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Kensington Riots Project Display Features Photography, Poetry, Installation Art

By Maria Möller

Kensington Riots Project Team

Recently, the library’s first floor window exhibit has featured artifacts from the Kensington Riots Project. The project represents a unique effort to re-examine the story of an important but underrepresented moment in Philadelphia’s history. To tell us more about this fascinating project, the Library News Blog welcomes guest writer Maria Möller. Be sure to check out the exhibit, which will be on display in the Library through Thursday, Nov. 8. For more information, including photos of the various project installations, you can peruse the Kensington Riots Project blog.

The Kensington Riots Project is a collaboration among Arab American youth, artist Jebney Lewis and me, creating site-based art that explores our country’s challenging history of immigration through the lens of the anti-Irish-Catholic Kensington Riots of 1844.

Over the course of six Saturdays this past spring, our team used photography, poetry, and installation to reclaim the sites where the riots occurred. The blocks surrounding the intersection of American Street and Master Street in the Kensington neighborhood of Philadelphia reveal no physical traces of their past. No buildings from that time survived the Riots or the neighborhood’s subsequent industrialization and deindustrialization, and no plaques mark the sites. By re-envisioning the past and overlaying personal experiences onto the blank canvas of this landscape, the project asked both participants and the public to interrogate our assumptions about who we are and where we come from.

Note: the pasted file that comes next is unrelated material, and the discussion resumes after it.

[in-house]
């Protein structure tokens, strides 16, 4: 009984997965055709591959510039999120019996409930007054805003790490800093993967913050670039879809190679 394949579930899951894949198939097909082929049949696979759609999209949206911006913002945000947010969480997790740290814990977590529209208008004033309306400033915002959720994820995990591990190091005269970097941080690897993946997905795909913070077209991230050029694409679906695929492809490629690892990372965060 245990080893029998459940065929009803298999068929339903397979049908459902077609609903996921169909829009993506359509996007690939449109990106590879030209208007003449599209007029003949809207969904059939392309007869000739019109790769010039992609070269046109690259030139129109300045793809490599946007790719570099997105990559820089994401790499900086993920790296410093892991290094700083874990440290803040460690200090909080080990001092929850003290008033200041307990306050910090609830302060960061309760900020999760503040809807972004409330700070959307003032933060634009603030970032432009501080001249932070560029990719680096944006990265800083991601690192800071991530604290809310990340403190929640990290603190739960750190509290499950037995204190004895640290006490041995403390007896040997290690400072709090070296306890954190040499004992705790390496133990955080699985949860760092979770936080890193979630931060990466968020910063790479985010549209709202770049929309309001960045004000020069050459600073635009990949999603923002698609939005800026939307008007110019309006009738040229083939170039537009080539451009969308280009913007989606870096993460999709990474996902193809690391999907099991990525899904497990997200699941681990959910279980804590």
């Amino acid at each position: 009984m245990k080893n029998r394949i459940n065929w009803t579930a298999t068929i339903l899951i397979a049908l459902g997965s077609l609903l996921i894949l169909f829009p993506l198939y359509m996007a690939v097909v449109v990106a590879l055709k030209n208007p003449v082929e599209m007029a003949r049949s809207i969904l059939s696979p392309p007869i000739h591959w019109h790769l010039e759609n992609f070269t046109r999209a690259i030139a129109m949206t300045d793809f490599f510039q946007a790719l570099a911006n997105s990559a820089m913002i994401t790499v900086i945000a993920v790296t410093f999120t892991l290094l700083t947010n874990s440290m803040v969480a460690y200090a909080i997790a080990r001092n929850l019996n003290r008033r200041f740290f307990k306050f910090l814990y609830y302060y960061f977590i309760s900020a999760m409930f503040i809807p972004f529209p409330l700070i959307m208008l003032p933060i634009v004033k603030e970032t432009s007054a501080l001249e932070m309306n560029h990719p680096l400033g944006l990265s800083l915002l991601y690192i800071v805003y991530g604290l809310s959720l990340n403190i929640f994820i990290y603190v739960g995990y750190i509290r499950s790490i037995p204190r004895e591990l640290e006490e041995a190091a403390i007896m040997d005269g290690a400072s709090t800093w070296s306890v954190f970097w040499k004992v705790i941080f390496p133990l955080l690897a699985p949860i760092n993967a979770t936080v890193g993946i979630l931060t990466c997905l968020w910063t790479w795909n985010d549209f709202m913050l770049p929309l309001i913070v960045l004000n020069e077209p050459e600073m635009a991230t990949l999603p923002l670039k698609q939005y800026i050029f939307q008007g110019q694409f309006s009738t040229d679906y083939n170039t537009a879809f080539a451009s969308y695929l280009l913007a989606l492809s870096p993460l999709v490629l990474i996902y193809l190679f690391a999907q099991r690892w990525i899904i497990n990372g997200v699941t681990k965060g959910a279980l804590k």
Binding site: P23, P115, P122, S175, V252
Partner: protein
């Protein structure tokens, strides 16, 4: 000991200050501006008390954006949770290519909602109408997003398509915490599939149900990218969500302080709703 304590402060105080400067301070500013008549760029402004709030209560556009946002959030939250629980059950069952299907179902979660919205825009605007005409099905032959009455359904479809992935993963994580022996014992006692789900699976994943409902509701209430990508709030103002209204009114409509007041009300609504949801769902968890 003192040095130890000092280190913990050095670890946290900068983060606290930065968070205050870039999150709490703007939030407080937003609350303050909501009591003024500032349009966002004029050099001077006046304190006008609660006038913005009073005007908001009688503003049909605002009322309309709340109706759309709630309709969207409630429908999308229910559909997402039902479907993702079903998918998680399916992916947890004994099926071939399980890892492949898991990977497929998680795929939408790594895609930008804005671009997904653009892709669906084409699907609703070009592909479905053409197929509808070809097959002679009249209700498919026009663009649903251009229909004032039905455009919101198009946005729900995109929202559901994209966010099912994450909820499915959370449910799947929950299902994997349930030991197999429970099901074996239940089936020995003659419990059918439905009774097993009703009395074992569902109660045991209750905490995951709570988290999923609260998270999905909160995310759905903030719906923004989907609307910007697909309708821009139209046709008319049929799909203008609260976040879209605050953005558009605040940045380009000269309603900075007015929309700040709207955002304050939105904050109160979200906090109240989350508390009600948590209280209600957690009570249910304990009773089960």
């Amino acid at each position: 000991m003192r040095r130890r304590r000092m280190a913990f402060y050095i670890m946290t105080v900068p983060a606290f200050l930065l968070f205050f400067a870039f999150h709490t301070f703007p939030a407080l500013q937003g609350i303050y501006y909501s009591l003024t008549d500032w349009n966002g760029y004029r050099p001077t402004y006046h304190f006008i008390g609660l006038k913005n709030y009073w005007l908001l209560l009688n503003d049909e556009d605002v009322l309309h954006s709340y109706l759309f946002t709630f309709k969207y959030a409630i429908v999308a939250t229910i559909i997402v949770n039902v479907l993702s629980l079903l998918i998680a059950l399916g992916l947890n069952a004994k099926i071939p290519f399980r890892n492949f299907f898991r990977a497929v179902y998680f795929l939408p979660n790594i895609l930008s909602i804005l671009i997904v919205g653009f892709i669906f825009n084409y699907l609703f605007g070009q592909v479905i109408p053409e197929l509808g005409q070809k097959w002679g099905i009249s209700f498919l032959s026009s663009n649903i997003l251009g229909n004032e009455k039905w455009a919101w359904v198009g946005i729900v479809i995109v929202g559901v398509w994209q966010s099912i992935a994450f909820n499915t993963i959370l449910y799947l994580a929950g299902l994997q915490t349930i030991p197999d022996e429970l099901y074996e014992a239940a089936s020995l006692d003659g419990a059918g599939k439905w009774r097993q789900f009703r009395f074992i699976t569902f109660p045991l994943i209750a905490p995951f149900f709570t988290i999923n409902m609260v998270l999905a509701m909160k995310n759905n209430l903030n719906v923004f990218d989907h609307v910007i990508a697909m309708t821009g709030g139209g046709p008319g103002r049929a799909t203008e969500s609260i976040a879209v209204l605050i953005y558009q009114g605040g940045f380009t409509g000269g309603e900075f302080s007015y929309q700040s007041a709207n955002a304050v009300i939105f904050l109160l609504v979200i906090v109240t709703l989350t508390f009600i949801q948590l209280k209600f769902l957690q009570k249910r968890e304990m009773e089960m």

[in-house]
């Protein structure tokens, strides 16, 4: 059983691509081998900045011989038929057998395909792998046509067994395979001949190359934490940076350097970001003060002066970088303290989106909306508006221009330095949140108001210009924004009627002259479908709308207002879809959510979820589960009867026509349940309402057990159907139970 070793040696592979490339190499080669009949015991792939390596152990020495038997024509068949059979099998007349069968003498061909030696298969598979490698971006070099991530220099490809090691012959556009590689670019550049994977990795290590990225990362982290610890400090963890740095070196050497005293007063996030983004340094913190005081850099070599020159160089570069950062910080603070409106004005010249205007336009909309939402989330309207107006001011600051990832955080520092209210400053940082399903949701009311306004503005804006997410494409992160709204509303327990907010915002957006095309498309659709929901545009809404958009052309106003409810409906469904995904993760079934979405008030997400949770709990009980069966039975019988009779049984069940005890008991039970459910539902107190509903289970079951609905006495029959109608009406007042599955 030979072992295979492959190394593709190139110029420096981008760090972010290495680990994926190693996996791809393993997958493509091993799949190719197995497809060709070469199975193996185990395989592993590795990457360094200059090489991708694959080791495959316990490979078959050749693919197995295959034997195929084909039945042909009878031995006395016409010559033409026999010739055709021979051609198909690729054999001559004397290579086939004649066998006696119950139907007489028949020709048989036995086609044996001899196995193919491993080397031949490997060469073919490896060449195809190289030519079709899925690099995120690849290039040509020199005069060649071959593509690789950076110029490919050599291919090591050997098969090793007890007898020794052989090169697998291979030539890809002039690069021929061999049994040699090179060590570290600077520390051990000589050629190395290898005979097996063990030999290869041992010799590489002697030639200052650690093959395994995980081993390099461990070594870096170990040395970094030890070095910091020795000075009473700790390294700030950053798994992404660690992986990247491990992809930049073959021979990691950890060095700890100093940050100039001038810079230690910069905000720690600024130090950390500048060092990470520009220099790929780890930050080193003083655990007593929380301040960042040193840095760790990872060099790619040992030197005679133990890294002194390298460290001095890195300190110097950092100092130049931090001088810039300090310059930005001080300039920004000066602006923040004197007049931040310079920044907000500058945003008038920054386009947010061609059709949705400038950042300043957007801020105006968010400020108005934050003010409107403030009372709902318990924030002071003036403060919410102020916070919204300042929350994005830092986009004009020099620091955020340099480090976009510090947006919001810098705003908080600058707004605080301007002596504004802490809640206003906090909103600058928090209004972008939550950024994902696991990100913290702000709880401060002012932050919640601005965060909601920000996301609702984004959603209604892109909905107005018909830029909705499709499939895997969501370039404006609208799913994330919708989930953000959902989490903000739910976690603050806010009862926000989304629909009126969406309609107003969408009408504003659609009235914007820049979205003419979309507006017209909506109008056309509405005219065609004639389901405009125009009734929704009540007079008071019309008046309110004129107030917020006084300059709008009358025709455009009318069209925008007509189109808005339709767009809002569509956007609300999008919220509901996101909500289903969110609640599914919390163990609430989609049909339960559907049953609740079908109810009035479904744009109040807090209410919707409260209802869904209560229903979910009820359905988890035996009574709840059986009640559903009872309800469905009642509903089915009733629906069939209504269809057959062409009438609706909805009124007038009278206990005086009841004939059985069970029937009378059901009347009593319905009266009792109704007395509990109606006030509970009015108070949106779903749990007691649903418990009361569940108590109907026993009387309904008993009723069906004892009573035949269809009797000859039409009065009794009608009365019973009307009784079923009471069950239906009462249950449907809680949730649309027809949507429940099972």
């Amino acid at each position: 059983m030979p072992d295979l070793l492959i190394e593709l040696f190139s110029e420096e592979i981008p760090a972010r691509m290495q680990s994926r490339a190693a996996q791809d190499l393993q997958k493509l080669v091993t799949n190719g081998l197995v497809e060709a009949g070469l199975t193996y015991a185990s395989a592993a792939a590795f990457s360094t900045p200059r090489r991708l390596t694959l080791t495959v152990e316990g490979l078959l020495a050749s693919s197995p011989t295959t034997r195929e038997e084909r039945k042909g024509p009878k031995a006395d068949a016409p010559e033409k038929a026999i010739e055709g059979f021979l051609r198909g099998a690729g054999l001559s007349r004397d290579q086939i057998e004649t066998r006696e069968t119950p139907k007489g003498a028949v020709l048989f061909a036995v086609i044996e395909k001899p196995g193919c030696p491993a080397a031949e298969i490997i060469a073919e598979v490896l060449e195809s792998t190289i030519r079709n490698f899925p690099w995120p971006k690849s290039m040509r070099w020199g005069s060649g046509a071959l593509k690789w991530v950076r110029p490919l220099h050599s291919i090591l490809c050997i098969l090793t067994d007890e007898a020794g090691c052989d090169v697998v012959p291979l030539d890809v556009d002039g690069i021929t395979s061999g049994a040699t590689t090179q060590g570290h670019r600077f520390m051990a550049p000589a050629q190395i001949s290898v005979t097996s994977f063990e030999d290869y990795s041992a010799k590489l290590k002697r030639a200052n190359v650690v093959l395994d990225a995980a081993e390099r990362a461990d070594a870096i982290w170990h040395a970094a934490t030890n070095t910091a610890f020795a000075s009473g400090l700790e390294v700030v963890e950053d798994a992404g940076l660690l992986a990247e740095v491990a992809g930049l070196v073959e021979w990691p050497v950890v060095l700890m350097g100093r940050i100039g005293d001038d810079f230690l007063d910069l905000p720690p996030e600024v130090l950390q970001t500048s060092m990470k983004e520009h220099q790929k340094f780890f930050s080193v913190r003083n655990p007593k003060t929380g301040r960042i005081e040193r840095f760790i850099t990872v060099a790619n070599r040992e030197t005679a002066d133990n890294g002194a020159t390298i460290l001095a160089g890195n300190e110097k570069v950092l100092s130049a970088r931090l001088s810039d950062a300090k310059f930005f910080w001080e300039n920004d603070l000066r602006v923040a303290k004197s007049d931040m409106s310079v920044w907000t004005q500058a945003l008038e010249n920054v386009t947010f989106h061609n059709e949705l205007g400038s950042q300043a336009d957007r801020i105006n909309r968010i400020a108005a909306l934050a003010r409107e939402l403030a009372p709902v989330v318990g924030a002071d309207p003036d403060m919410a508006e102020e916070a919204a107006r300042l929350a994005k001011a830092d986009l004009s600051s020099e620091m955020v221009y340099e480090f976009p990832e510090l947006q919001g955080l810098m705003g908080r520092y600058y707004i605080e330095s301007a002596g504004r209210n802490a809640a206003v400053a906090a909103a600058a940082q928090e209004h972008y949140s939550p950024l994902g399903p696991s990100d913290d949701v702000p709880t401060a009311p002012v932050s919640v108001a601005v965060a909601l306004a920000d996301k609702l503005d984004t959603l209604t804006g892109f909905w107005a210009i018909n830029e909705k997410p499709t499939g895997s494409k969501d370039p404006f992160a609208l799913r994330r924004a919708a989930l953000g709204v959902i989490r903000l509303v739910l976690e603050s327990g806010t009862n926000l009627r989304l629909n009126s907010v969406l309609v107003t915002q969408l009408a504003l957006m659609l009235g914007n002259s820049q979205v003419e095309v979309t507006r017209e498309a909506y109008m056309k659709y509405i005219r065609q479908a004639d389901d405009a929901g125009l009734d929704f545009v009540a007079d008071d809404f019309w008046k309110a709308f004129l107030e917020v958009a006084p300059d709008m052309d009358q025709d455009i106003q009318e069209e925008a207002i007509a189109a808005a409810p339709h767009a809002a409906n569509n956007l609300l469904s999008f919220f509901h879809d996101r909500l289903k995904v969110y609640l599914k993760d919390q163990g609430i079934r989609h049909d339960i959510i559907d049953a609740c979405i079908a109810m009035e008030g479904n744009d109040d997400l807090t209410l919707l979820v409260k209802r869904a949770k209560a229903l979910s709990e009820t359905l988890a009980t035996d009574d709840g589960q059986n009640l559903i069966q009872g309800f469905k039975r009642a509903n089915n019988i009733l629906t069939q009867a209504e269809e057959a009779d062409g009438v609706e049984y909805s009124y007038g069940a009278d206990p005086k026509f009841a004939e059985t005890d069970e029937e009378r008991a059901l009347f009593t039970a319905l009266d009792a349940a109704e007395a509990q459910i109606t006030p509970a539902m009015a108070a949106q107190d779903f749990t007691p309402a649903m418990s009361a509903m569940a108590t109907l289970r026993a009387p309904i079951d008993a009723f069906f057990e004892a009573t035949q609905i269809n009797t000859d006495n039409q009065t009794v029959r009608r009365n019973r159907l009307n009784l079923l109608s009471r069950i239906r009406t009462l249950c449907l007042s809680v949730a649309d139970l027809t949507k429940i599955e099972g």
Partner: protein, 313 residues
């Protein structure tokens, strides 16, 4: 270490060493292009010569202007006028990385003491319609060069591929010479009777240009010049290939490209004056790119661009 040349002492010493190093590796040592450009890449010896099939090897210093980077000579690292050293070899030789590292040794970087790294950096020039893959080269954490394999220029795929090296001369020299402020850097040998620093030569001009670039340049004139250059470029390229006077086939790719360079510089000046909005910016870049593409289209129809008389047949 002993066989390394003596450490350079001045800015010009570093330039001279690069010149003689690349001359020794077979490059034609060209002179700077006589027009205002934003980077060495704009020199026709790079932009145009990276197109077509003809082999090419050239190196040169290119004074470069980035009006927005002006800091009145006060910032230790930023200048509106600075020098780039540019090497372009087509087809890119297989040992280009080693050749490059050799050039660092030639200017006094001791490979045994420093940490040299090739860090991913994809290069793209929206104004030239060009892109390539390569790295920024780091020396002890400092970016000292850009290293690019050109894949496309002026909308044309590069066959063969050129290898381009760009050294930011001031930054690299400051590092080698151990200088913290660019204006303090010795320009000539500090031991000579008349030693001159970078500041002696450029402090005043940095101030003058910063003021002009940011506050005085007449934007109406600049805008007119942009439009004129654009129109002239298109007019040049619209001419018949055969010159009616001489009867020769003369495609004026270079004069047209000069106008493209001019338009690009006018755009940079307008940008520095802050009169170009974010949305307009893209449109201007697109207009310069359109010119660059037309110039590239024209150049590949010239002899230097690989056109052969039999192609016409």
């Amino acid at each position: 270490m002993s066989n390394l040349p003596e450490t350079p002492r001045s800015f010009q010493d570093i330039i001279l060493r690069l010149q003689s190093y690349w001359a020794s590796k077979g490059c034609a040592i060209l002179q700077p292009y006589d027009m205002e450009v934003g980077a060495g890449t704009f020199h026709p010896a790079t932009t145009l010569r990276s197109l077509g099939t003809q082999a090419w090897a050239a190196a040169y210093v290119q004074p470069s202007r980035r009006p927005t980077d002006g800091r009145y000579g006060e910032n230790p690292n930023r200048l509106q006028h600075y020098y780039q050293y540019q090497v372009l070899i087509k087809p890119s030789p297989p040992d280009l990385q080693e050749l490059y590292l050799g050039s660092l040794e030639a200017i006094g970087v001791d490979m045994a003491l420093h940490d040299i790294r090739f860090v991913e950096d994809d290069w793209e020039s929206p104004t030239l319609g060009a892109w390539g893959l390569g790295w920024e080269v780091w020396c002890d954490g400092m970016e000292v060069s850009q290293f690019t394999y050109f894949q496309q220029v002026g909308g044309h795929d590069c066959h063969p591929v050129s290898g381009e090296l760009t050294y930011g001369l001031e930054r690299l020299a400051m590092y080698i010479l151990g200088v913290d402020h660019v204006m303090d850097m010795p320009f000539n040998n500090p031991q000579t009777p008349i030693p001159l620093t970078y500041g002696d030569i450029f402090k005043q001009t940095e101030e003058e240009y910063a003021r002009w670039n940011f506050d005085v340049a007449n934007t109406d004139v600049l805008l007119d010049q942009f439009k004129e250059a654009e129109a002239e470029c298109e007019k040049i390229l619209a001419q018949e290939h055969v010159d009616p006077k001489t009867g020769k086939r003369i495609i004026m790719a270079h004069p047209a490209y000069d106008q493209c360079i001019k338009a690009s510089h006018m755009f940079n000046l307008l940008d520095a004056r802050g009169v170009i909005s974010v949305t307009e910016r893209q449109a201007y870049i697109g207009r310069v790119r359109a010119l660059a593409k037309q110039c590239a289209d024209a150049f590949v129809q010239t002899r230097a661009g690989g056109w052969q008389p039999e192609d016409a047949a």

The Kensington Riots occurred during a time of economic uncertainty, increased immigration, religious fervor, and fears of foreign encroachment. Native-born Americans targeted recent Irish Catholic immigrants as the enemies of America, leading to three days of violence. The “nativists” destroyed blocks of houses and businesses, over twenty people were killed, and Saint Michael’s Church—the first Irish immigrant parish in Philadelphia—was burned to the ground.

Saint Augustine’s Church in Old City was also destroyed, and its valuable library was burned. The college that would become Villanova University, which had just begun classes the previous year, in 1843, had to close its doors for over a year due to the Riots’ impact on the Augustinian community. The destruction of this historic and revered church propelled the City of Philadelphia to crack down on the rioters. By the evening of May 8, order had been restored. On May 9, thousands of Philadelphia attended a peace rally.

Today, the identities have changed, but many of the same conflicts remain.

“The parallels between what happened 168 years ago and what is happening today are striking,” says Marwan Kreidie, PhD, professor at Villanova University’s Center for Arab and Islamic Studies and Executive Director of the Arab American Community Development Corporation, the project’s community partner. “In the 1840s, many Americans felt threatened by Irish Catholics and lashed out against them. Today, many people feel the same way about Arab Americans. The CDC hopes this project helps our young people better interpret their own experiences, and also helps to build bridges and encourage dialogue with our fellow Philadelphians.”

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Last Modified: November 6, 2012